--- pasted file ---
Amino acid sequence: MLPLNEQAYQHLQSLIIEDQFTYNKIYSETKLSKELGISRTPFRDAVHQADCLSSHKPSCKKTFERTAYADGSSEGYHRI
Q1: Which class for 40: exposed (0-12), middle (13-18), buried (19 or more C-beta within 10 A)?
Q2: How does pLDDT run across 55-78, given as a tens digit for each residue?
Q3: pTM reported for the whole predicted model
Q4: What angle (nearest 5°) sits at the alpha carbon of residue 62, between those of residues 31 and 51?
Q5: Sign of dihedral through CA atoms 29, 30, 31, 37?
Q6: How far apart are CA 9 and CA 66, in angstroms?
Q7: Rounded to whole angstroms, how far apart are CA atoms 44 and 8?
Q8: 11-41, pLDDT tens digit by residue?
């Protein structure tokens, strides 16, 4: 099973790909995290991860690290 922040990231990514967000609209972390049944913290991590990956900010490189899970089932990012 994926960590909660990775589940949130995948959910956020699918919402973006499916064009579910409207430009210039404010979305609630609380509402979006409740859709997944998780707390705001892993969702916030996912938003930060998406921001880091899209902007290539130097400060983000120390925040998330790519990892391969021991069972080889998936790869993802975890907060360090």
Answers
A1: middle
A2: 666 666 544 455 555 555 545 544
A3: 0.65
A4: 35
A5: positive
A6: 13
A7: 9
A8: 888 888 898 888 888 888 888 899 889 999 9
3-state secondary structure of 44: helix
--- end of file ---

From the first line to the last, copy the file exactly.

Amino acid sequence: MLPLNEQAYQHLQSLIIEDQFTYNKIYSETKLSKELGISRTPFRDAVHQADCLSSHKPSCKKTFERTAYADGSSEGYHRI
Q1: Which class for 40: exposed (0-12), middle (13-18), buried (19 or more C-beta within 10 A)?
Q2: How does pLDDT run across 55-78, given as a tens digit for each residue?
Q3: pTM reported for the whole predicted model
Q4: What angle (nearest 5°) sits at the alpha carbon of residue 62, between those of residues 31 and 51?
Q5: Sign of dihedral through CA atoms 29, 30, 31, 37?
Q6: How far apart are CA 9 and CA 66, in angstroms?
Q7: Rounded to whole angstroms, how far apart are CA atoms 44 and 8?
Q8: 11-41, pLDDT tens digit by residue?
């Protein structure tokens, strides 16, 4: 099973790909995290991860690290 922040990231990514967000609209972390049944913290991590990956900010490189899970089932990012 994926960590909660990775589940949130995948959910956020699918919402973006499916064009579910409207430009210039404010979305609630609380509402979006409740859709997944998780707390705001892993969702916030996912938003930060998406921001880091899209902007290539130097400060983000120390925040998330790519990892391969021991069972080889998936790869993802975890907060360090």
Answers
A1: middle
A2: 666 666 544 455 555 555 545 544
A3: 0.65
A4: 35
A5: positive
A6: 13
A7: 9
A8: 888 888 898 888 888 888 888 899 889 999 9
3-state secondary structure of 44: helix